The number of suicides among white men between the ages of 45 and 65 spiked 72 percent from 2013 to 2014 in Bristol County, which includes 20 towns southwest of Boston and along the south coast including Taunton, New Bedford and Fall River.
The figures come from the Bristol County Regional Coalition for Suicide Prevention, which gets its data from the district attorney’s office. Among all the suicide deaths in 2014 in that county, 87 percent were men. Advocates say the male suicide rate last year was significantly higher than the state average, and the trend is similar so far in 2015.
The alarming increase in suicides in Bristol County — most of them among middle-aged men — is leading suicide prevention advocates to team up with the district attorney to get out the word that there is help.
On Monday, the Bristol County Regional Coalition for Suicide Prevention and Bristol County District Attorney Thomas Quinn will release more specific data on suicide in the county.
WBUR’s All Things Considered Lisa Mullins spoke with Annemarie Matulis, executive director of the Bristol County Regional Coalition.
‘Suicide: A Crisis In The Shadows’
On the surge in suicides in recent years
“I was so concerned about it, I thought I had done the numbers wrong. And I went to a national expert and I said, ‘Am I forgetting my basic math?’ And he said ‘No, sadly, that’s absolutely true’ … The whole point of the steps we’re about to take is to prevent [suicides].”
On factors that contribute to suicide other than known triggers including financial and relationship problems
“Add substance abuse, add potential or known previous suicide attempts, grieving loss of someone else themselves — not necessarily to suicide. Depression is a big one, and it could be undiagnosed. Bipolar could be a contributing factor, most of it undiagnosed. We know nationally that a large percentage of people who [die by] suicide have seen a mental health or medical health professional within a month [of the time they killed themselves]. But it doesn’t mean they discussed what was really going on … And then there is scientific evidence, particularly with mental health and suicide, that men historically won’t ask for that help. We have conditioned men not to seek the help.”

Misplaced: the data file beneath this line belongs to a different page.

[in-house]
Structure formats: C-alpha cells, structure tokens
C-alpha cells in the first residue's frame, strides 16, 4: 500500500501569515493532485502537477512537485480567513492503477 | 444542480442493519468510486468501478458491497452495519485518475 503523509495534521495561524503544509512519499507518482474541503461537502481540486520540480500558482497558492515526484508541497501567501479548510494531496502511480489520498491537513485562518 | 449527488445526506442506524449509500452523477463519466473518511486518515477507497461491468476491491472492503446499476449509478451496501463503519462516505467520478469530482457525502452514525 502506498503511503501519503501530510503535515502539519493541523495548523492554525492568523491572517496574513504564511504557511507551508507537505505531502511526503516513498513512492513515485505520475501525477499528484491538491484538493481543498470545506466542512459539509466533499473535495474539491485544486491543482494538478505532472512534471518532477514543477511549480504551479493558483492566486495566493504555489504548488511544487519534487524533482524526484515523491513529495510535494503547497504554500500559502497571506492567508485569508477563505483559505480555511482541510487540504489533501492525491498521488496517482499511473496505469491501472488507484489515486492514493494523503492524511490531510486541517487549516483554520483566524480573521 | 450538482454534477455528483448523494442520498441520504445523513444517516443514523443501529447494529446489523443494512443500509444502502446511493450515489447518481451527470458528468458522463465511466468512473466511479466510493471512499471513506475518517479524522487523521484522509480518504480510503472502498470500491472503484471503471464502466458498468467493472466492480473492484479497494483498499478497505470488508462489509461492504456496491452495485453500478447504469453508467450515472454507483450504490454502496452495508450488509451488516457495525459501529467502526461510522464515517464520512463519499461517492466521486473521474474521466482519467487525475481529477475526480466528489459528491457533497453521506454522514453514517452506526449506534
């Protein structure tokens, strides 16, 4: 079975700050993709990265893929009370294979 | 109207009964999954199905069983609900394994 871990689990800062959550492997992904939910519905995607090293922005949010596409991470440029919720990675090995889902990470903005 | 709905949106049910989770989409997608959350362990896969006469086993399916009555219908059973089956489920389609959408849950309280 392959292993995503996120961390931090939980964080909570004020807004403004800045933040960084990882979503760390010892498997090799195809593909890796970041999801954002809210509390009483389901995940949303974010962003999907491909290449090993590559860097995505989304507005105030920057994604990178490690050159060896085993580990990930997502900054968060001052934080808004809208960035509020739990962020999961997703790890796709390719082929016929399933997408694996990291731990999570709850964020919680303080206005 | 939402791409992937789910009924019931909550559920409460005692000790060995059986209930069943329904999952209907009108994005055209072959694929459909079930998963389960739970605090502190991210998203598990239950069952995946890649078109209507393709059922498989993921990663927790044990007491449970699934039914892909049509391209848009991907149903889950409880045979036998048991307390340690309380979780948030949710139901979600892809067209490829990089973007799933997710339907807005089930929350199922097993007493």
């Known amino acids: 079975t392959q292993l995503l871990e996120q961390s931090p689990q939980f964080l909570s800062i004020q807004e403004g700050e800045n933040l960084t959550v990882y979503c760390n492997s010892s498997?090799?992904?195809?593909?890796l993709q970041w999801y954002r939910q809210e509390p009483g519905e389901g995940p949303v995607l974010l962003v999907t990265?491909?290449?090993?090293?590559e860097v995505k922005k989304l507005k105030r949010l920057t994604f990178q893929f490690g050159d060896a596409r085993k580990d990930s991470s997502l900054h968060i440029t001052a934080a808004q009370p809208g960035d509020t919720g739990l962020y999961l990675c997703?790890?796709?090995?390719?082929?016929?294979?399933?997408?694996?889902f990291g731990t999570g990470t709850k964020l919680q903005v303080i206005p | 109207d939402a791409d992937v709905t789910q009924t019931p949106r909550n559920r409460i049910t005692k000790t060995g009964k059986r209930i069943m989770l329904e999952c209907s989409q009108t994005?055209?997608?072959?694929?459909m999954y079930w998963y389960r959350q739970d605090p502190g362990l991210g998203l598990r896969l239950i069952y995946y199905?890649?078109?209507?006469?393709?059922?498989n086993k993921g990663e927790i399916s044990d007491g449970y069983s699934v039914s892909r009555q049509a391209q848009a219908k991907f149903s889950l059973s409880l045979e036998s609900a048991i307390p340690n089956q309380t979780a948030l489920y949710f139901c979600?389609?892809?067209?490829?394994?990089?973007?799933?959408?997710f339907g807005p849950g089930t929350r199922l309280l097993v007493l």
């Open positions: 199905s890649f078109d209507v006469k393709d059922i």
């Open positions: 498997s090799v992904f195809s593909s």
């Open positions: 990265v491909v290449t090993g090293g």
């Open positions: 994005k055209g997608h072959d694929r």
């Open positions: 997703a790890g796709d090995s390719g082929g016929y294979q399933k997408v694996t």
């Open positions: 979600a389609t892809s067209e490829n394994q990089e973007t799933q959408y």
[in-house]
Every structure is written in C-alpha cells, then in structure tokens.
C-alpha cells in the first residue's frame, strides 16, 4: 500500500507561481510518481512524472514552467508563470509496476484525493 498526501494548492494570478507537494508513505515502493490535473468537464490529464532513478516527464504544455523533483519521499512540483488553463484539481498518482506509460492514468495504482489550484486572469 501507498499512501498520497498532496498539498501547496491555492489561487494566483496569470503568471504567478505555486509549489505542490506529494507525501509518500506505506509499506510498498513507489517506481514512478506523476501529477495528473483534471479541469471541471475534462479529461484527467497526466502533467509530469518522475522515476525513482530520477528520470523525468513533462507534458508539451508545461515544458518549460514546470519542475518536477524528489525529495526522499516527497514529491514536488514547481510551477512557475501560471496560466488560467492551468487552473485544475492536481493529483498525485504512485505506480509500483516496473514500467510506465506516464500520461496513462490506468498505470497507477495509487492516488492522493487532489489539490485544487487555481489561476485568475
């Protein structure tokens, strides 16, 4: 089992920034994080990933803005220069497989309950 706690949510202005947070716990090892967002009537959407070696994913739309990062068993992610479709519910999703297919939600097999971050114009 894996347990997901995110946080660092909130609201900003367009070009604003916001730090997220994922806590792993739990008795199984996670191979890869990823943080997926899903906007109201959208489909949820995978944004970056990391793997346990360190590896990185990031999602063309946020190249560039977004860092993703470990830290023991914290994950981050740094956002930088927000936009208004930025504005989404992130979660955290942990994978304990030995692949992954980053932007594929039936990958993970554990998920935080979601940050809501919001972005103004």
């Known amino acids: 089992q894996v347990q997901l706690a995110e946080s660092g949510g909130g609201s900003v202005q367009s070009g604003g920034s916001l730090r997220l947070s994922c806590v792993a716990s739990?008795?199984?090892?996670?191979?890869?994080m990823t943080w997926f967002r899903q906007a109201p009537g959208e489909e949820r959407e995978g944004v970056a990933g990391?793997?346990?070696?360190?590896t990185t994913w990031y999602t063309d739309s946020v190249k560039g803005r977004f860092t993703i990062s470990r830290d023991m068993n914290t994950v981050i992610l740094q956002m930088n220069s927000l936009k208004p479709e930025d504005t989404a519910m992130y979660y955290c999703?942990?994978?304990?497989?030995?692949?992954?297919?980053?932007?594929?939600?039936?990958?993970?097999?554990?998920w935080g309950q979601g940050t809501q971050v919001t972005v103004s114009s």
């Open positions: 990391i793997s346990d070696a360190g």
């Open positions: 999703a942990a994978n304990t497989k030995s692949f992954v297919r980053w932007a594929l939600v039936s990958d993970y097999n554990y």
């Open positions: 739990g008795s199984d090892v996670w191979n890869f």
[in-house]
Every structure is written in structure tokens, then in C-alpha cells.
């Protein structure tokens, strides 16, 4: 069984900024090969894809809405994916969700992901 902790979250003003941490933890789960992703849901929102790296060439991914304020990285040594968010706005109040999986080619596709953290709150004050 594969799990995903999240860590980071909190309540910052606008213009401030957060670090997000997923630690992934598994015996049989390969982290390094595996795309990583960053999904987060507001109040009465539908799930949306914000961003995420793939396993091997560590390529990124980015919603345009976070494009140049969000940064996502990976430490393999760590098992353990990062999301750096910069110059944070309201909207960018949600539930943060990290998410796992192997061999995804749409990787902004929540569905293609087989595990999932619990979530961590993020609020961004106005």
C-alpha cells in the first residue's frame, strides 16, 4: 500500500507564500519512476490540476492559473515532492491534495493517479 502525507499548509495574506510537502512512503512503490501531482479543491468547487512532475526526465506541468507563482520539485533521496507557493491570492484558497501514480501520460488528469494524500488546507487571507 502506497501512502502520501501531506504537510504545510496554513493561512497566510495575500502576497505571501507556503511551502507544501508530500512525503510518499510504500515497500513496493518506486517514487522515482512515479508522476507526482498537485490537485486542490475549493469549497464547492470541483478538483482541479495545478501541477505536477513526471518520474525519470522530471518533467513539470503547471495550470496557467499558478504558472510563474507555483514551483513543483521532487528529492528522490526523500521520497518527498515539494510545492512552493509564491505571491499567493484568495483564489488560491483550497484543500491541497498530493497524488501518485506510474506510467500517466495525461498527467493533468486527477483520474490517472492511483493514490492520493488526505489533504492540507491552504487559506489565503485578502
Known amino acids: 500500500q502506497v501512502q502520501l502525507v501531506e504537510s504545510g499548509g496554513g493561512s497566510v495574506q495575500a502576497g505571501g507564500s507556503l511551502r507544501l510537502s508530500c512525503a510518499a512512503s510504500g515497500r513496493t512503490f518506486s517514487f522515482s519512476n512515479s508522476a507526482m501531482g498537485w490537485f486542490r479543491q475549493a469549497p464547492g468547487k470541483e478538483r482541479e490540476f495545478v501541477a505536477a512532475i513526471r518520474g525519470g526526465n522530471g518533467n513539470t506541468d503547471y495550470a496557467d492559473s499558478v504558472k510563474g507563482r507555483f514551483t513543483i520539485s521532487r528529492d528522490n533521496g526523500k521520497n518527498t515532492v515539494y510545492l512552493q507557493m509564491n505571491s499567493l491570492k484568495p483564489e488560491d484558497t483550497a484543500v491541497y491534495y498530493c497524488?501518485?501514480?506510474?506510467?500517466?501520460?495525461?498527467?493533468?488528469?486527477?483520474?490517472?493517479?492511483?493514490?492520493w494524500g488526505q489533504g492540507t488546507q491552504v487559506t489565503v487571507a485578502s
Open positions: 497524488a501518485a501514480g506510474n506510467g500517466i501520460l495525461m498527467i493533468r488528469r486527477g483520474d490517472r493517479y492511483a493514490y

On how the opioid abuse epidemic is contributing to the suicide crisis
“In Bristol County, [with] heroin overdoses, the only ones that we can peg, the coroner will peg, as suicide, are [people] that typically leave a note or have made some kind of pre-death statement. The other overdoses … so many of them could have been intentional, but we have no way of knowing if we have no other data or no other indicators about that. But certainly it’s a contributing factor … because there’s been contributing evidence [in some opiate-related deaths] that has indicated it was very clearly a suicide.”
On the stigma related to mental illness and suicide
“When I explain that I’m a cancer survivor, everybody applauds. And when I tell them that my professional job is suicide prevention, it clears the room. And that’s educated, informed people will still react with such a fear and uninformed reaction to suicide and to depression and to mental health in general. Most people who have mental health concerns live and work well. You wouldn’t know. They don’t have a neon sign on their forehead that glows out in the dark at you. But there’s a stigma and a perception that somehow they’re less than everybody else. That’s a systemic and a cultural change that has to happen, because people are dying because of it.”
Resources: You can reach the National Suicide Prevention Lifeline at 1-800-273-TALK (8255) and the Samaritans Statewide Hotline at 1-877-870-HOPE (4673).